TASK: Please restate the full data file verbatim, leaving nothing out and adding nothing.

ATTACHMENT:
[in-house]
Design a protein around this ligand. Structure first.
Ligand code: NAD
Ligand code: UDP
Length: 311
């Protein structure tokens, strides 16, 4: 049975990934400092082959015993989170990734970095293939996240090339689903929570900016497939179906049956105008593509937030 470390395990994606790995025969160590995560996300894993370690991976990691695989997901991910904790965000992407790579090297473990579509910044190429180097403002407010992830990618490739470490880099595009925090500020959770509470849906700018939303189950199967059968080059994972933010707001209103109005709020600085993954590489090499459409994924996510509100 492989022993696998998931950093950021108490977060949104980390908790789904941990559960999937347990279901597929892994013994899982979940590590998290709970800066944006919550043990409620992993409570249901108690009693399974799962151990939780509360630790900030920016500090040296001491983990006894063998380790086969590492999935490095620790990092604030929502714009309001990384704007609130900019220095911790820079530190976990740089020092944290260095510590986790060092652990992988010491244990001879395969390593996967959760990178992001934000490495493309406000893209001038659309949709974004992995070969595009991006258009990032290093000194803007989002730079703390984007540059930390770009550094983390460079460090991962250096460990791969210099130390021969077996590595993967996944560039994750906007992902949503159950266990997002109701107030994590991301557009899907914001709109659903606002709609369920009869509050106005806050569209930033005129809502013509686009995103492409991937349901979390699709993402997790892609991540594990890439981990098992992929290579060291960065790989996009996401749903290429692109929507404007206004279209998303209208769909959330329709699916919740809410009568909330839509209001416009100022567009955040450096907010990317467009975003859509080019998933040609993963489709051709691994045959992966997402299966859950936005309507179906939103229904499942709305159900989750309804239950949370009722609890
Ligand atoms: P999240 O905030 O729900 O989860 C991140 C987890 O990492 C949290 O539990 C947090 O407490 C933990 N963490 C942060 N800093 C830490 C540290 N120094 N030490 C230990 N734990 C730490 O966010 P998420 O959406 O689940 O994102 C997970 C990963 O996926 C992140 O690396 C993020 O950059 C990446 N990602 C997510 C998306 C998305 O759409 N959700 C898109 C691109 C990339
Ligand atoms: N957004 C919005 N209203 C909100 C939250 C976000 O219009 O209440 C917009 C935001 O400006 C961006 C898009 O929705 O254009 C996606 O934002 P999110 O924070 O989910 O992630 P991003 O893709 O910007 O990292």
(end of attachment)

[in-house]
Design a protein around this ligand. Structure first.
Ligand code: NAD
Ligand code: UDP
Length: 311
């Protein structure tokens, strides 16, 4: 049975990934400092082959015993989170990734970095293939996240090339689903929570900016497939179906049956105008593509937030 470390395990994606790995025969160590995560996300894993370690991976990691695989997901991910904790965000992407790579090297473990579509910044190429180097403002407010992830990618490739470490880099595009925090500020959770509470849906700018939303189950199967059968080059994972933010707001209103109005709020600085993954590489090499459409994924996510509100 492989022993696998998931950093950021108490977060949104980390908790789904941990559960999937347990279901597929892994013994899982979940590590998290709970800066944006919550043990409620992993409570249901108690009693399974799962151990939780509360630790900030920016500090040296001491983990006894063998380790086969590492999935490095620790990092604030929502714009309001990384704007609130900019220095911790820079530190976990740089020092944290260095510590986790060092652990992988010491244990001879395969390593996967959760990178992001934000490495493309406000893209001038659309949709974004992995070969595009991006258009990032290093000194803007989002730079703390984007540059930390770009550094983390460079460090991962250096460990791969210099130390021969077996590595993967996944560039994750906007992902949503159950266990997002109701107030994590991301557009899907914001709109659903606002709609369920009869509050106005806050569209930033005129809502013509686009995103492409991937349901979390699709993402997790892609991540594990890439981990098992992929290579060291960065790989996009996401749903290429692109929507404007206004279209998303209208769909959330329709699916919740809410009568909330839509209001416009100022567009955040450096907010990317467009975003859509080019998933040609993963489709051709691994045959992966997402299966859950936005309507179906939103229904499942709305159900989750309804239950949370009722609890
Ligand atoms: P999240 O905030 O729900 O989860 C991140 C987890 O990492 C949290 O539990 C947090 O407490 C933990 N963490 C942060 N800093 C830490 C540290 N120094 N030490 C230990 N734990 C730490 O966010 P998420 O959406 O689940 O994102 C997970 C990963 O996926 C992140 O690396 C993020 O950059 C990446 N990602 C997510 C998306 C998305 O759409 N959700 C898109 C691109 C990339
Ligand atoms: N957004 C919005 N209203 C909100 C939250 C976000 O219009 O209440 C917009 C935001 O400006 C961006 C898009 O929705 O254009 C996606 O934002 P999110 O924070 O989910 O992630 P991003 O893709 O910007 O990292």